Prime Minister Boris Johnson has wielded the cabinet axe for the second time since entering Number 10.
Here’s our guide to who is in and who is out.
Chancellor of the Exchequer
OUT – Sajid Javid
We’ll start with the biggest name first. One-time Tory leadership hopeful Sajid Javid becomes the first Chancellor in five decades not to have delivered a budget after resigning on Thursday afternoon.
He later said he was left with “no other option” but to quit after the prime minister ordered him to sack all his special advisers and aides and to defer to Downing Street for advice.
Mr Javid is likely happy he was able to resign – a “you can’t fire me because I quit” attitude might see him being able to swing back to cabinet in future.
IN – Rishi Sunak
For those at the back, Rishi Sunak deputised for the prime minister during the general election TV debates last year (remember?)
He has been an MP since 2015, which in our alt-timeline makes him both a relative newcomer and seasoned hack, having been elected three times.
Prior to his life at Westminster, he was a business leader working in investment.
In July 2019 he was appointed chief secretary to the Treasury, following a spell as minister for local government.
He will have to produce, present and pursue a budget through the Commons in little under a month, although this is not at quite as short notice as his counterpart north of the border.
But just as Kate Forbes was seen to be applying for the suddenly vacant role of finance secretary at Holyrood, many see Mr Sunak as a future leader of the Conservatives after Boris Johnson.
Department for Digital, Culture, Media, Sport (DCMS)
OUT – Baroness Nicky Morgan
Baroness Nicky Morgan, one of two of Boris Johnson’s cabinet members not elected but given their position through their seat at the House of Lords, informed the prime minister she did not wish to be secretary of state for DCMS at the next reshuffle.
In her last act as SoS, she introduced plans for Ofcom – the broadcasting regulator – to adjudicate online behaviour.
IN – Oliver Dowden
Former minister of the cabinet office and paymaster general at the Treasury, the MP for Hertsmere will take a brief which covers betting regulation, online rights, sporting events and art.
In an article for the Press and Journal, Mr Dowden said “everyone” he spoke to wanted “unity and growth”.
Northern Ireland Office
OUT – Julian Smith
Possibly the most puzzling sacking, Julian Smith was seen as a competent Northern Ireland secretary, not least because he was able to work with leaders from both Sinn Fein and the DUP and helped to restart the Stormont assembly.
When it was announced on Thursday morning Mr Smith had been sacked there were a few more notes of condolence than normal, none more so than Irish Taoiseach Leo Varadkar.
He said: “In eight months as Secretary of State, Julian, you helped to restore power sharing in Stormont, secured an agreement with us to avoid a hard border, plus marriage equality.
“You are one of Britain’s finest politicians of our time. Thank you.”
In 8 months as Secretary of State, Julian you helped to restore powersharing in Stormont, secured an agreement with us to avoid a hard border, plus marriage equality. You are one of Britain’s finest politicians of our time. Thank you https://t.co/sm2QHFvUtu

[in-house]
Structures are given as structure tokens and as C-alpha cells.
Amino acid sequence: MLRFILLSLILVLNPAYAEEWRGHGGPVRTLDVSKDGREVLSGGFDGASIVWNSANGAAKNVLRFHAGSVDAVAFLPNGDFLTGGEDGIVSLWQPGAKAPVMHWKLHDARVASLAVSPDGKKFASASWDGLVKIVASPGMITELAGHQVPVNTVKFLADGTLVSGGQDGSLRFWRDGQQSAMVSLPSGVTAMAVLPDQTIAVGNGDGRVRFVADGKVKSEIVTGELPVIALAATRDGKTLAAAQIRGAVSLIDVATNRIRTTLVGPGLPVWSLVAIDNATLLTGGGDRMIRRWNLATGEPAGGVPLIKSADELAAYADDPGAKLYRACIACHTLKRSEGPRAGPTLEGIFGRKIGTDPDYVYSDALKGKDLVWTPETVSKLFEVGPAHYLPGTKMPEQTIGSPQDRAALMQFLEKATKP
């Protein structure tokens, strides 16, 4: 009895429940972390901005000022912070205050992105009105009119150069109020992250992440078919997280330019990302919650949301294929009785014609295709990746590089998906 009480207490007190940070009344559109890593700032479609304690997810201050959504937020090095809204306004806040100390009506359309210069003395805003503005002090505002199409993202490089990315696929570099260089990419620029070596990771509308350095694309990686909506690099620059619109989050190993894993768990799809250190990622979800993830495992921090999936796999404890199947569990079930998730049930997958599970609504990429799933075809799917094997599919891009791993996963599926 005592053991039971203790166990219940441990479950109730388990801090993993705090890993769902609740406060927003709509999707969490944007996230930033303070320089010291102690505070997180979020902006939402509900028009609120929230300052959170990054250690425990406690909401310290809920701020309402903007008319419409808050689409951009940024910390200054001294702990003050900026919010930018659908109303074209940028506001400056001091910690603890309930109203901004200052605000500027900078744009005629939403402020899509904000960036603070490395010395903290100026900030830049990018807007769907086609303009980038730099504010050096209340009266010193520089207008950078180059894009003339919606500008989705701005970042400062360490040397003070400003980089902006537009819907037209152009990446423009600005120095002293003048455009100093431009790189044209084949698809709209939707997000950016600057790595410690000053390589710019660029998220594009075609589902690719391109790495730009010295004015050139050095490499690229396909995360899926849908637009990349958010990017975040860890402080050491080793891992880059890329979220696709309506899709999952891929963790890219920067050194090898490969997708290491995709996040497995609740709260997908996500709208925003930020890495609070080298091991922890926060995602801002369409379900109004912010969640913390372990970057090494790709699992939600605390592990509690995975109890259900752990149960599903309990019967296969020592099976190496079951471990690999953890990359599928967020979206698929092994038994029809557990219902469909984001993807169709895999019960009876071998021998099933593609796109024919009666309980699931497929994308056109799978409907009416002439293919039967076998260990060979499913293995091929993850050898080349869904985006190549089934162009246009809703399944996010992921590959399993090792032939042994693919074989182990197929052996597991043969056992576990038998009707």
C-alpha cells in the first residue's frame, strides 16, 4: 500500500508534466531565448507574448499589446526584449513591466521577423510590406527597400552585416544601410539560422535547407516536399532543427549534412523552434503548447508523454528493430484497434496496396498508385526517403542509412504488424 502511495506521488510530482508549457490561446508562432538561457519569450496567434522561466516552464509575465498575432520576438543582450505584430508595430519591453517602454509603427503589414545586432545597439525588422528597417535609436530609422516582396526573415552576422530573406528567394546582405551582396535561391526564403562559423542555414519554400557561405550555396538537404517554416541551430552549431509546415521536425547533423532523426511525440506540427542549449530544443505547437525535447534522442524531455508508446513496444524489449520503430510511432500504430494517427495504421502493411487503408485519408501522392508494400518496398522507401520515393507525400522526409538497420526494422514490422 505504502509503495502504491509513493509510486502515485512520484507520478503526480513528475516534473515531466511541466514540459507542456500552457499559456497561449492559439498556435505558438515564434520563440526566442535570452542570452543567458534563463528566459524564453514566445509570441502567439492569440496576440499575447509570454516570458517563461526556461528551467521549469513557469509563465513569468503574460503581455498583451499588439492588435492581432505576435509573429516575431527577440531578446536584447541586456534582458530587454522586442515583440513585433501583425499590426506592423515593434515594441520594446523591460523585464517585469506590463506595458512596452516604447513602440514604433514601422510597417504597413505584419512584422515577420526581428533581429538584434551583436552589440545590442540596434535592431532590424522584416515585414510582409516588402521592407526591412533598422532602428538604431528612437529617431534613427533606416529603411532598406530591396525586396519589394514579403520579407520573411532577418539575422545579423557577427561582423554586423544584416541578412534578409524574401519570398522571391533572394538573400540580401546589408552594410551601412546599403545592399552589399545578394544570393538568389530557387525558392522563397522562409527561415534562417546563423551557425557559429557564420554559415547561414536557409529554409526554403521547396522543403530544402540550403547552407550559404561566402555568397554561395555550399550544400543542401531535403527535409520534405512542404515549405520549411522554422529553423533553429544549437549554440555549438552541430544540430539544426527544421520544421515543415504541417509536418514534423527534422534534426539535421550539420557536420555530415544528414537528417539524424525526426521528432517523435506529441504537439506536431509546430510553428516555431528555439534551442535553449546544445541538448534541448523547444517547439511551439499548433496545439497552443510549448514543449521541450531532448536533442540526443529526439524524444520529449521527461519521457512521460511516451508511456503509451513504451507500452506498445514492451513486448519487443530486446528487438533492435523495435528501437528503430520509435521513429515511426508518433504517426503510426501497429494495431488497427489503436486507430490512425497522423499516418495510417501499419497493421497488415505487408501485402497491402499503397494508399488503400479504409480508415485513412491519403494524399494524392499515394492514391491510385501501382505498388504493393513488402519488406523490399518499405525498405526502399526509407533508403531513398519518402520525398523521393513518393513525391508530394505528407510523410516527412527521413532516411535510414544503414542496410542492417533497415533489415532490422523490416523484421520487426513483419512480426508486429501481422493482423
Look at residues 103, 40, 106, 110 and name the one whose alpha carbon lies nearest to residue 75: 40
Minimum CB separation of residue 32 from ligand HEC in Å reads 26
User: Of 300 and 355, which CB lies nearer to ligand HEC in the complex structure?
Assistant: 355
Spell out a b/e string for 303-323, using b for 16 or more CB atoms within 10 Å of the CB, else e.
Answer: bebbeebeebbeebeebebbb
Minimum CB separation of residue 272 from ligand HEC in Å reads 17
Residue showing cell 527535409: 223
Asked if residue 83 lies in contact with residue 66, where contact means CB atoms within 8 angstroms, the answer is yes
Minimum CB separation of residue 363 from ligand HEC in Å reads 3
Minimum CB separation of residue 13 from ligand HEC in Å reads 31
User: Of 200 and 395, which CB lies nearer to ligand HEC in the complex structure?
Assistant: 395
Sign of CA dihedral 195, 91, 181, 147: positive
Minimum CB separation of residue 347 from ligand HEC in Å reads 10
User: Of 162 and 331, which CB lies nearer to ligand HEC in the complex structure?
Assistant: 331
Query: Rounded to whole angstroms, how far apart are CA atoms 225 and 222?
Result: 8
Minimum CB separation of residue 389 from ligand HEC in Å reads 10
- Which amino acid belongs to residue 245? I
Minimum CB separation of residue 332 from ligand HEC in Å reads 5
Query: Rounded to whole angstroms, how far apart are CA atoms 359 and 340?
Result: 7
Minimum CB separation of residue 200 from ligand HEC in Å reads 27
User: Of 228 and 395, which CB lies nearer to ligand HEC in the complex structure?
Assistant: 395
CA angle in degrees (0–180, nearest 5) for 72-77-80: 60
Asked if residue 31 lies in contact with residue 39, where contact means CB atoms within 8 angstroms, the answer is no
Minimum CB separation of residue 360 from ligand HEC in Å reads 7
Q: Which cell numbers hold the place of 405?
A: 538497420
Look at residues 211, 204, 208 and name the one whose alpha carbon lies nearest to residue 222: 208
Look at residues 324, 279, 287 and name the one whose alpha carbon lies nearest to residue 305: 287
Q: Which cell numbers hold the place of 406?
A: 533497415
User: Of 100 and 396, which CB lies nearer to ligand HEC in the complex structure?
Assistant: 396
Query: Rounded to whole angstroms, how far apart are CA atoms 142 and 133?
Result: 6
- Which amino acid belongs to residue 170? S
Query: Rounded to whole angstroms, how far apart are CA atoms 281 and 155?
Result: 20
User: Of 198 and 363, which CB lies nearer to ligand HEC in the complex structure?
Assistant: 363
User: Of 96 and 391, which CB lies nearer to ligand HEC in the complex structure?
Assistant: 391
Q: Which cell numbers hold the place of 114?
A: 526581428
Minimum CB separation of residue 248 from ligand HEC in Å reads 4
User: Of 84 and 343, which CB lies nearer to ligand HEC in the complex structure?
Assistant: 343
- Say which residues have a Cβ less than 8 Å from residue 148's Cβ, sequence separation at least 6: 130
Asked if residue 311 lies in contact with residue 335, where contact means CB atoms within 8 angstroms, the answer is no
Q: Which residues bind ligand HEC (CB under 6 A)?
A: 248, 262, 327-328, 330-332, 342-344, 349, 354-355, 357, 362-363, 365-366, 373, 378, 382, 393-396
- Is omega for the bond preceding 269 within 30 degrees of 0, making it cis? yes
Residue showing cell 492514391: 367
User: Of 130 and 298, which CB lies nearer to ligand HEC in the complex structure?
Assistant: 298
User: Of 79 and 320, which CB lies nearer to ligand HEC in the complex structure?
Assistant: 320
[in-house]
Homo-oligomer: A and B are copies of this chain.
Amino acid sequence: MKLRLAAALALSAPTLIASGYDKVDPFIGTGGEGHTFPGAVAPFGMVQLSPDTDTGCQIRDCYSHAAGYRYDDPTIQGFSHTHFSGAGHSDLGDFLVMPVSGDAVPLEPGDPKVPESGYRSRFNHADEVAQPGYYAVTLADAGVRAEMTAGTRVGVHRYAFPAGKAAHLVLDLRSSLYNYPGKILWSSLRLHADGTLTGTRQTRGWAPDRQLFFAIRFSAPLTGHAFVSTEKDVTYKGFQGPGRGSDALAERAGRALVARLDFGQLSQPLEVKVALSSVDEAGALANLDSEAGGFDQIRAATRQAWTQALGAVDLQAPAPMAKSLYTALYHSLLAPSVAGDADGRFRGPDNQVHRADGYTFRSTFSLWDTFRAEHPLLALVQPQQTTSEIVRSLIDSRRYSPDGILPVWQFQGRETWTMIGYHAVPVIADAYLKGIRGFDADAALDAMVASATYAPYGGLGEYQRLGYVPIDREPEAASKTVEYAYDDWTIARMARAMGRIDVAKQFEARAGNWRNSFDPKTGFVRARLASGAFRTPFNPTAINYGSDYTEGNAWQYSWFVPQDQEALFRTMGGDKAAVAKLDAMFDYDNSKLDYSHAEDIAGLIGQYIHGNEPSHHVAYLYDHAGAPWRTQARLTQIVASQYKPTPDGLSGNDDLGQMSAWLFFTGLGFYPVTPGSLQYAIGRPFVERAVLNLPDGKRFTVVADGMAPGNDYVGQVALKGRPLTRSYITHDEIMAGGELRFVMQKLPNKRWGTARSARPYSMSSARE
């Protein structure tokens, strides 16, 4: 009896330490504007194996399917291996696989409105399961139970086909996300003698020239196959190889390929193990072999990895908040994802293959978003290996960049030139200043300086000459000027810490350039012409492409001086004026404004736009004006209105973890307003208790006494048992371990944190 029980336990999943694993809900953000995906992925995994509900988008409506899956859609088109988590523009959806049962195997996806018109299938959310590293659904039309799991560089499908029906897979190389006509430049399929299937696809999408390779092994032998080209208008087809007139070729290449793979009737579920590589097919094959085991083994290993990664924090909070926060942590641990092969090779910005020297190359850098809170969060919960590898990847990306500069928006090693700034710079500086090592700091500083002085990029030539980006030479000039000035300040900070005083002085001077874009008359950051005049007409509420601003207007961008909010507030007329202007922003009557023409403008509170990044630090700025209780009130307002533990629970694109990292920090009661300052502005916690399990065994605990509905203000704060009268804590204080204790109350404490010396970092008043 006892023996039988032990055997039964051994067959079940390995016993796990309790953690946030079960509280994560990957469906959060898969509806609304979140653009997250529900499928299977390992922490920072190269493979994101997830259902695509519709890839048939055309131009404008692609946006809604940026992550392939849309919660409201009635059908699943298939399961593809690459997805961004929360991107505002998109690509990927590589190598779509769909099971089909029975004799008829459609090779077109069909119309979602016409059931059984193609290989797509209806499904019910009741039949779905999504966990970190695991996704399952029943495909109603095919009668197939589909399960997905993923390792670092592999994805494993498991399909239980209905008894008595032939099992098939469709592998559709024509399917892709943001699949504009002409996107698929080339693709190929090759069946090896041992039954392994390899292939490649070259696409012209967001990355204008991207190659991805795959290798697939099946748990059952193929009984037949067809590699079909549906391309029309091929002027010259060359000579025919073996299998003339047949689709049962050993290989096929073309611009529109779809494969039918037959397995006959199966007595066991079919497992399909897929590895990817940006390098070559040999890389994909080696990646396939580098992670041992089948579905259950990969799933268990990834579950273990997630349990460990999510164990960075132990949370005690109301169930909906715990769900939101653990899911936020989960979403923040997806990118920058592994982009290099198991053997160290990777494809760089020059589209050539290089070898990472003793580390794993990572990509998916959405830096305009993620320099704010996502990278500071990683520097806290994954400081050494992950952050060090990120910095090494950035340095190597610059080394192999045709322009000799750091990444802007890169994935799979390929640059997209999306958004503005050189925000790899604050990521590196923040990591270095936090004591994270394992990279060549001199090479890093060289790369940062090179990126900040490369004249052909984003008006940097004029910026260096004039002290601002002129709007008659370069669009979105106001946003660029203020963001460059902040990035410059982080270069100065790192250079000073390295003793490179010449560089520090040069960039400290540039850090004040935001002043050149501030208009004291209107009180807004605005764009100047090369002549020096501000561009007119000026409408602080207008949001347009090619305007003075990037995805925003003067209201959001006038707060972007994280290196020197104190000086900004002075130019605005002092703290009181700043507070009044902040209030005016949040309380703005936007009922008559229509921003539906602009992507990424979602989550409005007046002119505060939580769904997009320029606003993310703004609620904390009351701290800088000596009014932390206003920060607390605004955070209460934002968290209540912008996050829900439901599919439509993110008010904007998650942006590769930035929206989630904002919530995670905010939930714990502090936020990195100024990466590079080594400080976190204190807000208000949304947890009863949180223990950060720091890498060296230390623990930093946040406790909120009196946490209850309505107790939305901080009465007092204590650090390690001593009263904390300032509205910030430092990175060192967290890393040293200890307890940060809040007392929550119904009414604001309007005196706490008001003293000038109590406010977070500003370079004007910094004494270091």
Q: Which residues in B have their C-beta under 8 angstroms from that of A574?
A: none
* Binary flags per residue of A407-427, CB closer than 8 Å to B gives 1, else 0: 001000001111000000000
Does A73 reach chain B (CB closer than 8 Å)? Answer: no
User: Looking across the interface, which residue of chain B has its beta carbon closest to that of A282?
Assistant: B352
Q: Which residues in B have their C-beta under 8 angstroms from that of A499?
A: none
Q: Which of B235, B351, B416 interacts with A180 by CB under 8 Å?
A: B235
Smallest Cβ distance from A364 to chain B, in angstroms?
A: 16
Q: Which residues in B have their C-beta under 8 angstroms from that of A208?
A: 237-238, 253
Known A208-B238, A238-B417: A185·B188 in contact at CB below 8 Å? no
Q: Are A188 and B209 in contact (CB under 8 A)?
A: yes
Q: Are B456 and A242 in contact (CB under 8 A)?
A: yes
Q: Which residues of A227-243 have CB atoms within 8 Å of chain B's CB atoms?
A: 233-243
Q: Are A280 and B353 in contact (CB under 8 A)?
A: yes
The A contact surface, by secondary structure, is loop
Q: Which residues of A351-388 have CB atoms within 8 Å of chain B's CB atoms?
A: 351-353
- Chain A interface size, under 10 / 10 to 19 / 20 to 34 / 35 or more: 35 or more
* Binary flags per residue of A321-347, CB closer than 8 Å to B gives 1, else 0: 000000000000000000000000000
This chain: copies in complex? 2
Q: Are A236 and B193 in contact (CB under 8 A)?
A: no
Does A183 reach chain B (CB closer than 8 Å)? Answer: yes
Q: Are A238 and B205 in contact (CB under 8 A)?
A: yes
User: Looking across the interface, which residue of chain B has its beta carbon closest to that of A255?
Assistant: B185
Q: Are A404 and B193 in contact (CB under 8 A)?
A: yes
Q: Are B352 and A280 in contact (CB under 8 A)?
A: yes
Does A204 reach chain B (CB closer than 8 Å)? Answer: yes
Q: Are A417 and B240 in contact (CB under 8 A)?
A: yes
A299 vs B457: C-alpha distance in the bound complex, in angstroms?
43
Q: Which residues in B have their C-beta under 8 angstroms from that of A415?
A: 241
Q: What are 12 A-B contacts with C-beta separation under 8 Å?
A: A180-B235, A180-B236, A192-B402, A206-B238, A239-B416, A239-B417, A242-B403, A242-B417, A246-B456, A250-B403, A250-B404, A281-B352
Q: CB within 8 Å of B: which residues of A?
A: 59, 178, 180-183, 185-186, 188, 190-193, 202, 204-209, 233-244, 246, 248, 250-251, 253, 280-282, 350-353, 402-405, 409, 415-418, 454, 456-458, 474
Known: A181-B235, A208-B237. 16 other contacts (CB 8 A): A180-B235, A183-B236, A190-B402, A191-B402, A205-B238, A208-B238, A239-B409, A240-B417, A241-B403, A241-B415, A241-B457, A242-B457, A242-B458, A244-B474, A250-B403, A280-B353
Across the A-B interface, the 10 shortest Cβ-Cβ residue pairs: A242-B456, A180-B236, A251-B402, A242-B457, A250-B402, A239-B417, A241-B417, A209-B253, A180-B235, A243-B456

— Leo Varadkar (@LeoVaradkar) February 13, 2020
Mr Smith may have signed his own warrant, however, following comments made to a select committee suggesting – against Boris Johnson and Dominic Cummings’ wishes – no-deal Brexit might be bad for Northern Ireland and the peace deal.
IN – Brandon Lewis
As immigration minister at the Home Office, Brandon Lewis was last responsible for declaring “Blue Passports will symbolise our national identity.”
As “deputy” home secretary, Mr Lewis was also responsible for overseeing the EU resettlement scheme.
Business, Energy and Industrial Strategy (BEIS)
OUT – Andrea Leadsom
Once a contender to be prime minister, staunch Brexiteer Ms Leadsom will now head to the backbenches.
On her sacking, she said: “It has been a real privilege to serve in Government for the last six years, and in the Department for Business Energy and Industrial Strategy for six months.”
IN – Alok Sharma
Alok Sharma was secretary of state for International Development before being given the business brief.
He will also head the COP26 project, set for Glasgow in November. The UN summit will see Mr Sharma at his diplomatic best, as delegates from around the world head to Scotland.
Not only that, he will need to navigate the creaking relationship between Number 10 and Bute House, with a number of revelations regarding the summit coming to the surface in recent days.
OUT – Alok Sharma (see above)
IN – Anne-Marie Trevelyan
Anne-Marie Trevelyan replaces Alok Sharma at the department for international development.
A one-time Parliamentary Private Secretary to the Ministry of Defence before also being appointed as a PPS to the Department of Education in January 2018, she has been a Boris Johnson supporter and is seen as a rising star of the party, being elected to Westminster in 2015.
OUT – Esther McVey
The former Work and Pensions Secretary had to apologise while in the previous government for misleading parliament about the roll-out of Universal Credit.
She was brought back to government during Boris Johnson’s first reshuffle, having resigned – like him – from Theresa May’s cabinet because of Brexit.
Oh, and she’s been on borrowed time ever since the Queen of Morning TV Lorraine Kelly made her feelings about her clear for all to see.
IN – Christopher Pincher
Christopher Pincher was was first elected Conservative MP for Tamworth in May 2010.
He was previously Minister of State at the Foreign and Commonwealth Office.